Product Description
A bestseller since its debut in 1990, this indispensable and handy reference has now been expanded and updated to include an appendix on plant taxonomy and a comprehensive index. Two dozen new photos and illustrations make this new edition even richer with information. Its convenient paperback format makes it easy to carry and access, whether you are in or out of the garden. An essential overview of the science behind plants for beginning and advanced gardeners alike.
... Read more

Customer Reviews (1)

5-0 out of 5 stars Botany Made Easy
This book was recommended in the Master Gardener program. It is very readable with lots of useful photos and diagrams. It makes a difficult subject easy to understand.Highly recommended. ... Read more

4. Botany for the Artist: An Inspirational Guide to Drawing Plants
by Sarah Simblet
Hardcover: 256 Pages (2010-04-19)
list price: US$40.00 -- used & new: US$21.24
(price subject to change: see help)
Asin: 0756652502
Average Customer Review: 5.0 out of 5 stars
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Editorial Review

Product Description
Following the success of Anatomy for the Artist and Sketch Book for the Artist, Botany for the Artist teaches readers in step-by-step illustrations and expert narrative instruction how to master the art of drawing plants. Page after page of beautiful, detailed photographs complement Sarah Simblet s illustrations showing how an understanding of botany really helps you to draw plants; drawing classes provide a wealth of practical how-to advice; and pages from Sarah's own sketchbooks as well as inspirational master classes reveal how other artists-from 17th century masters to contemporary botanical illustrators-have portrayed plants throughout the years. This lavishly illustrated book will not only be the definitive guide for those wishing to master the art of drawing plants, but a sumptuous gift book for all those passionate about plants and how they are portrayed in art. ... Read more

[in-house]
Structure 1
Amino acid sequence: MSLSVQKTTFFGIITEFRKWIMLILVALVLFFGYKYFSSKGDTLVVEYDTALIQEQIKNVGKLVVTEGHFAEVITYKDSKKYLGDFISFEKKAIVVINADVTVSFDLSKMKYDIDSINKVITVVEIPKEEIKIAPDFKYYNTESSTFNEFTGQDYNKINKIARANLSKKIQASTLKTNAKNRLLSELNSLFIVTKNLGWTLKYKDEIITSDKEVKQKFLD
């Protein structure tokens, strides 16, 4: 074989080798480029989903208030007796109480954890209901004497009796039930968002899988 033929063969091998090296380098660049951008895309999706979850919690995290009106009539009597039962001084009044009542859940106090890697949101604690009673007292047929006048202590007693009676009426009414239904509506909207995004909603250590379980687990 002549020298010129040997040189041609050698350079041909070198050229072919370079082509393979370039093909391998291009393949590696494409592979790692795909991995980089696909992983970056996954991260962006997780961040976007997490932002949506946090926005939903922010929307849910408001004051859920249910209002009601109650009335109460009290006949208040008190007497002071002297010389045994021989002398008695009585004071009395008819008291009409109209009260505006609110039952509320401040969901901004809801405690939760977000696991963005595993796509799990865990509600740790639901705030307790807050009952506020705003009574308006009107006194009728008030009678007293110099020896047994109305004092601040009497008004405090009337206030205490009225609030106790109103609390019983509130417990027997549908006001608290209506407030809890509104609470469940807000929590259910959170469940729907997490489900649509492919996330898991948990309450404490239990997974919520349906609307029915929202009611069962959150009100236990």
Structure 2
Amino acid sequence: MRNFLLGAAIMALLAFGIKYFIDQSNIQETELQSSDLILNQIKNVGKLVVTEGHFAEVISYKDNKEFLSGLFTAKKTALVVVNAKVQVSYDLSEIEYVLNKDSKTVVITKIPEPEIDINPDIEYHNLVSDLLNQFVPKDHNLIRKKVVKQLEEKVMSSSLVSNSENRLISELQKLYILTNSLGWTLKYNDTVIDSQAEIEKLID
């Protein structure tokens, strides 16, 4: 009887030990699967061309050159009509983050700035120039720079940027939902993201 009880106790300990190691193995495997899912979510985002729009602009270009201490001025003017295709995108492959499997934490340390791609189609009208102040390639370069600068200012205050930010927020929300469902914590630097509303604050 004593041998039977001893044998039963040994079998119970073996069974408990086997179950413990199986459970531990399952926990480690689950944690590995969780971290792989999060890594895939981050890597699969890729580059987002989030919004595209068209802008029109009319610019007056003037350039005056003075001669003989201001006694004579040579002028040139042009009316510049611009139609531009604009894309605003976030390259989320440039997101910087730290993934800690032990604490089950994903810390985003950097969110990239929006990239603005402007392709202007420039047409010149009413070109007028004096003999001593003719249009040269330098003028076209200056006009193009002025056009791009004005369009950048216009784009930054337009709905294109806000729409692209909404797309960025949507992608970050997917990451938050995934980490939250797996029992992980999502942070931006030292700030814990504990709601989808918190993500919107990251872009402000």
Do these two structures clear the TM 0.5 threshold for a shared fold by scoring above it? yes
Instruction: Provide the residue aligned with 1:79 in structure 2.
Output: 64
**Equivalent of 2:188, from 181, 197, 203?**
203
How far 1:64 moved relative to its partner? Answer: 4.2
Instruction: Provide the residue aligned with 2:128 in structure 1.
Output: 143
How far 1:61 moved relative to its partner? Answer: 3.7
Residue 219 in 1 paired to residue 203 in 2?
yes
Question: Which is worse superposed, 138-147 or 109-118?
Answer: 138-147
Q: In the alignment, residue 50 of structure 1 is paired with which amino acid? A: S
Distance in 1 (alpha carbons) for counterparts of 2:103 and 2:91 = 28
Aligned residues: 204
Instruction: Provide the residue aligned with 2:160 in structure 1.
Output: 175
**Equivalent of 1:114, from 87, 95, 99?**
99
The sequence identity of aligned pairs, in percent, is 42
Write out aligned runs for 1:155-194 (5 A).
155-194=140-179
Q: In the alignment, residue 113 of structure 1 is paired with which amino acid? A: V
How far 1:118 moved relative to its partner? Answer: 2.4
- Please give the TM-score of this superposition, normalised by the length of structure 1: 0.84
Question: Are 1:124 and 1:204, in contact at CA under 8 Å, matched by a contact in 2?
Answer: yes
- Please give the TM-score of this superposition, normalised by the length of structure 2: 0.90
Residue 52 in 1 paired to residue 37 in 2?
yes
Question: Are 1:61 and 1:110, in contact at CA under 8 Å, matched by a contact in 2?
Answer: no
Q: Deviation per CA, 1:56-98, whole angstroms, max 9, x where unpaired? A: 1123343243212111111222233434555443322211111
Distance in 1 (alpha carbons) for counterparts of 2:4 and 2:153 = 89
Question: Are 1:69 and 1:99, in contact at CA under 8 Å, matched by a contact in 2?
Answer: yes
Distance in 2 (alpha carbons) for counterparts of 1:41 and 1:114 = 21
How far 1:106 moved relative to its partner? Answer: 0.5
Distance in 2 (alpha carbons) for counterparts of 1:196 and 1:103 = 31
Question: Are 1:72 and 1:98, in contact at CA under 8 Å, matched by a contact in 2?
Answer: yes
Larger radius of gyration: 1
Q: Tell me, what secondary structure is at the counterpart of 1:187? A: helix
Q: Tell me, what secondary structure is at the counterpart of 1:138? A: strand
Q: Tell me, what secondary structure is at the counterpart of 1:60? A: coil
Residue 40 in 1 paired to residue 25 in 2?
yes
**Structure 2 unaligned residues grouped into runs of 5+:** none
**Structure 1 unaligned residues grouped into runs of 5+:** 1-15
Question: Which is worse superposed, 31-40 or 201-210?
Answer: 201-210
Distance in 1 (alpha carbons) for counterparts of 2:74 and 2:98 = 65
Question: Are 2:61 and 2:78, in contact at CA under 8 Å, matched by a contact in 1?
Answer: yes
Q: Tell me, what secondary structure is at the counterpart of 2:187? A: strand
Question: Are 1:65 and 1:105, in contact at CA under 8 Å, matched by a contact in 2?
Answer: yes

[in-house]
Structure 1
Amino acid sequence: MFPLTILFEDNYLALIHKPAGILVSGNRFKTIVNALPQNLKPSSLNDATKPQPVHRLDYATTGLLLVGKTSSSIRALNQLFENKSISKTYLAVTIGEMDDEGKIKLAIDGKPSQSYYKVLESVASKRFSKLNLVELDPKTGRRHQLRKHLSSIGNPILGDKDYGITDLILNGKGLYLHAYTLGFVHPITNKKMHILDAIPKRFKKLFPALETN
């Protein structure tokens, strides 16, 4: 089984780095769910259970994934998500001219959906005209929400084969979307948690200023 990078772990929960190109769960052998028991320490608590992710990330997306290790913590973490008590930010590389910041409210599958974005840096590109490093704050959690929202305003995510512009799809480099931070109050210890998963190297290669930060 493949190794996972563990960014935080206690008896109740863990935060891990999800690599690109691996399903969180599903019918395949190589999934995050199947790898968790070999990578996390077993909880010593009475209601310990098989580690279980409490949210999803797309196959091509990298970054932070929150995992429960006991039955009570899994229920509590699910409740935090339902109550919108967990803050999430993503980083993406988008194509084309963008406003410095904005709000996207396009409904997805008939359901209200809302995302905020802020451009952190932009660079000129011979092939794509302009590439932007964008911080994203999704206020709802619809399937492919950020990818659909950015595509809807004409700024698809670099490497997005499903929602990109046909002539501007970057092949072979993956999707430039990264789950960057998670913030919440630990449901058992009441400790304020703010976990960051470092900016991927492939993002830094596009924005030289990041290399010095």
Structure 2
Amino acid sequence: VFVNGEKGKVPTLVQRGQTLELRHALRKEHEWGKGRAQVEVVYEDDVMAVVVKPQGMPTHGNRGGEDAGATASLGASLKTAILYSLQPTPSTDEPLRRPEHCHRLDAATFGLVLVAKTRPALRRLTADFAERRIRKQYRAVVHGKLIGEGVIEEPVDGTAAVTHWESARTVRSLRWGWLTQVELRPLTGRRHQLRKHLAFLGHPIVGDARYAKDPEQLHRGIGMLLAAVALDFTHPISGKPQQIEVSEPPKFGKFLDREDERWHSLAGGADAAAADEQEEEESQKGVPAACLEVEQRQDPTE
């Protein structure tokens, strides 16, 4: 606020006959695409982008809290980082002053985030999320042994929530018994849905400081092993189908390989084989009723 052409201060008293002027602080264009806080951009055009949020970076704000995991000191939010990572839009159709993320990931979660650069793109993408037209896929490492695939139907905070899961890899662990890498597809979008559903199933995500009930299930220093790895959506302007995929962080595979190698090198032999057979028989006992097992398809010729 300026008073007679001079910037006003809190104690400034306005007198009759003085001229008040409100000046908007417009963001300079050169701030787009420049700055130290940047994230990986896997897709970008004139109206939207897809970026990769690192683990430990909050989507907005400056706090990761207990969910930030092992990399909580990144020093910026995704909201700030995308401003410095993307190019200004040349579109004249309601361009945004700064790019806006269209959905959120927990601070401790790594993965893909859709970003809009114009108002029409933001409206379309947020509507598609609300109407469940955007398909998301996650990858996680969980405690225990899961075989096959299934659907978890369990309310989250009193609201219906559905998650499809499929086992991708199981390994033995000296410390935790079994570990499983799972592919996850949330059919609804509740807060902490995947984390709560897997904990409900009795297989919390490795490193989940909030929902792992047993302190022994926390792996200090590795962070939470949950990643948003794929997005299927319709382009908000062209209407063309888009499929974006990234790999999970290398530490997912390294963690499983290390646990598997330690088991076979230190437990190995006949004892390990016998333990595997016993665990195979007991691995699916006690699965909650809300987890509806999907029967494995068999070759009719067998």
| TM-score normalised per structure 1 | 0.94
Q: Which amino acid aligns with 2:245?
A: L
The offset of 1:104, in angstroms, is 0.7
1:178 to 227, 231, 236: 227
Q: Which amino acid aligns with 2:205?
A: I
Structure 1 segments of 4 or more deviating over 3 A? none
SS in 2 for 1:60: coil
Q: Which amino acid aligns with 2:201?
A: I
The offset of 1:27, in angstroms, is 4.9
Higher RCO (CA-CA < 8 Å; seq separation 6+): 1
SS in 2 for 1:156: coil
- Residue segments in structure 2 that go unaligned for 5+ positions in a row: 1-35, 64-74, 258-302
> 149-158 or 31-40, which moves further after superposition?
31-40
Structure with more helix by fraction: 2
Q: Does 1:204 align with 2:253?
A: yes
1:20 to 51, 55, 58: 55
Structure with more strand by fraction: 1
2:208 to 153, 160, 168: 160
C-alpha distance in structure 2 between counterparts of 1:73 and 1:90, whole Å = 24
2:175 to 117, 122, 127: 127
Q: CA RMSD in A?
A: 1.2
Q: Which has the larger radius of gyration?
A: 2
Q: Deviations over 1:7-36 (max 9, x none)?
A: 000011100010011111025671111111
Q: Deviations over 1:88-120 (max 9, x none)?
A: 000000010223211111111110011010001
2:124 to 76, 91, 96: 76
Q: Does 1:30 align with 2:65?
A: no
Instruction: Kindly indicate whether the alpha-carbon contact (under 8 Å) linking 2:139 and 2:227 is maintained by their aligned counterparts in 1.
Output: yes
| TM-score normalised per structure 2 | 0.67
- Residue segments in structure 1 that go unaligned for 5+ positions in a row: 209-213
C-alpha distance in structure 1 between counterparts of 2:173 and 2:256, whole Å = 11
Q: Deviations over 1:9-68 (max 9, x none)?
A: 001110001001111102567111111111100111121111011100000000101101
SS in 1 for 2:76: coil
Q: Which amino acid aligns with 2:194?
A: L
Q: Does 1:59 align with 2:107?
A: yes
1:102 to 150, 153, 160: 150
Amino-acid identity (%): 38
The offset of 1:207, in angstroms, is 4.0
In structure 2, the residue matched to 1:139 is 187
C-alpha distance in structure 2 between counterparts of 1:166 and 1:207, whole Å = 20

Customer Reviews (4)

5-0 out of 5 stars Amazing resource!
Amazing resource, breath-taking imagery and photos. Excellent survey of Botany for the artist. This shouldn't be confused with a college level botany reference. This is botany for poets. But it covers the material a botanical illustrator must know without getting mired down.